The greatest thing about Fourth–Tenth Edition was the increased availability of the cards that they brought back. Yet they didn't print Commander powerhouses at the amazing rate that Alpha did, so Fourth–Tenth Edition loses out to Alpha–Unlimited in this very important category.
Yeah, this one isn't close. Those original cards from Alpha were oozing with flavor. Shivan Dragon was just that—a freaking dragon—while cards like Life Force and Paralyze add so much to the seasoning in Magic that they compose the oh so cheesy crust on a great Magic souffle. Heck, this could've been won with a single card:
This is an overwhelming victory for Alpha–Unlimited.
This category is a little more contested because Fourth–Tenth Edition is amazing for doing one thing: reprinting hosts of lords for tribal archetypes, allowing for cheap lords and a plethora of cheaply made tribal decks. It's a simple fact that Goblin decks don't function without their king, and it was reprinted in each set of Fourth–Tenth Edition! Not only that but Elvish Champion, Lord of Atlantis, Field Marshall, and Lord of the Undead have all been reprinted multiple times throughout these sets.
Yet when we look at Alpha–Unlimited, something important arises—those cards were there too. Goblin King was first printed in Alpha along with original lords Lord of Atlantis and Zombie Master. But this article is about Commander in the present tense, and because of this, Fourth–Tenth Edition has a lead on the tribal strategy placement due to its constant reprinting of tribal lords in order to allow for cheap tribal strategies to be prevalent.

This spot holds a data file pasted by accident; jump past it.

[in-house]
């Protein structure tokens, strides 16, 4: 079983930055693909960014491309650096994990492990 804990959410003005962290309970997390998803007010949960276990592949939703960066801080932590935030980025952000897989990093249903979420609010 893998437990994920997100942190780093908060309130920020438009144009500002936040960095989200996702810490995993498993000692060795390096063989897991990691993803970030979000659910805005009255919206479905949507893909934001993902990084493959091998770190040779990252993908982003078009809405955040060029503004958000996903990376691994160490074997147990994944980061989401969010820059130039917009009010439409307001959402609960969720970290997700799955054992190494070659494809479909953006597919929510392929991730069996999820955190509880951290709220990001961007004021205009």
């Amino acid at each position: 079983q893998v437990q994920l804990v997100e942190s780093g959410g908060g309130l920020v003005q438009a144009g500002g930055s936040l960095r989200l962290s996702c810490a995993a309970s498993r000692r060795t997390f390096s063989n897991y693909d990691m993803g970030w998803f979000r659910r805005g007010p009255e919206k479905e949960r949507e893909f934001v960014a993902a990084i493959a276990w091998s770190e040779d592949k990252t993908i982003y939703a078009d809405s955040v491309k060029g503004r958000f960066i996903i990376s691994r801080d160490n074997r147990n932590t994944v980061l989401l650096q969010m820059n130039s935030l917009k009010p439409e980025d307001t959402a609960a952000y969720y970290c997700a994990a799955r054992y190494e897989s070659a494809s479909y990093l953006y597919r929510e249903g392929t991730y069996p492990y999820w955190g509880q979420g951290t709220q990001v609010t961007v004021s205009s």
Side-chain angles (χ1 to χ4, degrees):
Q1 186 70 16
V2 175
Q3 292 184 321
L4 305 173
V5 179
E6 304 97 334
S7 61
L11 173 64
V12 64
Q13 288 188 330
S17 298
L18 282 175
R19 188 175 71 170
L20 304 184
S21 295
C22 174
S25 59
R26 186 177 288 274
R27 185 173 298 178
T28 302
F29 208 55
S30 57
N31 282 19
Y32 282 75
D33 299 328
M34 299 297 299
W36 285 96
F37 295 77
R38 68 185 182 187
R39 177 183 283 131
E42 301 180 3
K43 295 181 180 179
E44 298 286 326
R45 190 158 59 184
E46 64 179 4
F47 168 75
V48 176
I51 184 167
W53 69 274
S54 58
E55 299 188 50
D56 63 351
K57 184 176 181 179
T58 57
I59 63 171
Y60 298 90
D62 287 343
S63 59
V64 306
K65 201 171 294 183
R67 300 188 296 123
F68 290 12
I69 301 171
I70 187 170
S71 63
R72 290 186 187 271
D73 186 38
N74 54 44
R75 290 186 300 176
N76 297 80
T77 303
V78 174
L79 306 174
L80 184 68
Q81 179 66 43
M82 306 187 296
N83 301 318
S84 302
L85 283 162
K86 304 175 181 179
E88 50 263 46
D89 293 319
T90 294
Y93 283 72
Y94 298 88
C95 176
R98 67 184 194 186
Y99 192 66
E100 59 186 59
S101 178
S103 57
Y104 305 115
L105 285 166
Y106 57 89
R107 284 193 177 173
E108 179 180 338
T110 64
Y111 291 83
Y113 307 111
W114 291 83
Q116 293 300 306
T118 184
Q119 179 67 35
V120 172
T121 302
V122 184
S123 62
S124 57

Besides tribal strategies, what did Fourth–Tenth Edition reprint and make more available for people to utilize? Well, there's Teferi's Puzzle Box, Megrim, Underworld Dreams, Howling Mine, and Zur's Weirding for painful wheel decks. Plus Relentless Rats for Relentless Rats decks, Dreamborn Muse for mill strategies, Crucible of Worlds for the myriad of land and dredge strategies, Gravepact for all those Savra, Queen of the Golgari decks out there, and even Rolling Stones for defender decks (yes, those exist)! To put it lightly, we owe these sets for allowing these strategies to exist. Imagine paying $5 for a card like Megrim or Relentless Rats. These core set reprints are important.
Looking at Alpha–Unlimited, there are some important staples for distinct strategies still played in today's Commander metagame nestled between the Chaos Laces and Craw Wurms. Ankh of Mishra and Armageddon are key cards for griefer decks, while Howling Mine was an Alpha original and is played in both group hug and painful wheel decks. Bad Moon is a dominating card for Mono-Black Aggro decks, Crusade for Mono-White Aggro/Tokens, and Gauntlet of Might for Mono-Red Aggro/Ramp tactics.
Even though Alpha–Unlimited began some of the most important strategies for wizards to flesh out with the next sets, the instrumental reprintings in Fourth–Tenth Edition take this category—but just barely.
This category is reserved for the negative things these blocks brought to Commander. Alpha–Unlimited birthed Armageddon in the Commander metagame, while Fourth–Tenth Edtion avoided printing anything too incriminating.
Fourth–Tenth Edition wins this category, avoiding the mistake of reprinting mass land destruction.
Alpha–Unlimited takes the round. Even though Fourth–Tenth Edition have some key reprints for Commander and prevent some important strategies in the Commander metagame from becoming too expensive, the flavor oozing out of every pore in Alpha–Unlimited make these sets streets ahead of Fourth–Tenth Edition.
Join us next week as we take on a matchup between two top-down designed blocks, Ice Age vs. Innistrad! Will the Gothic horror flavor of Innistrad take it to victory, or will the impactful cards and legendary creatures from Ice Age allow it to prevail?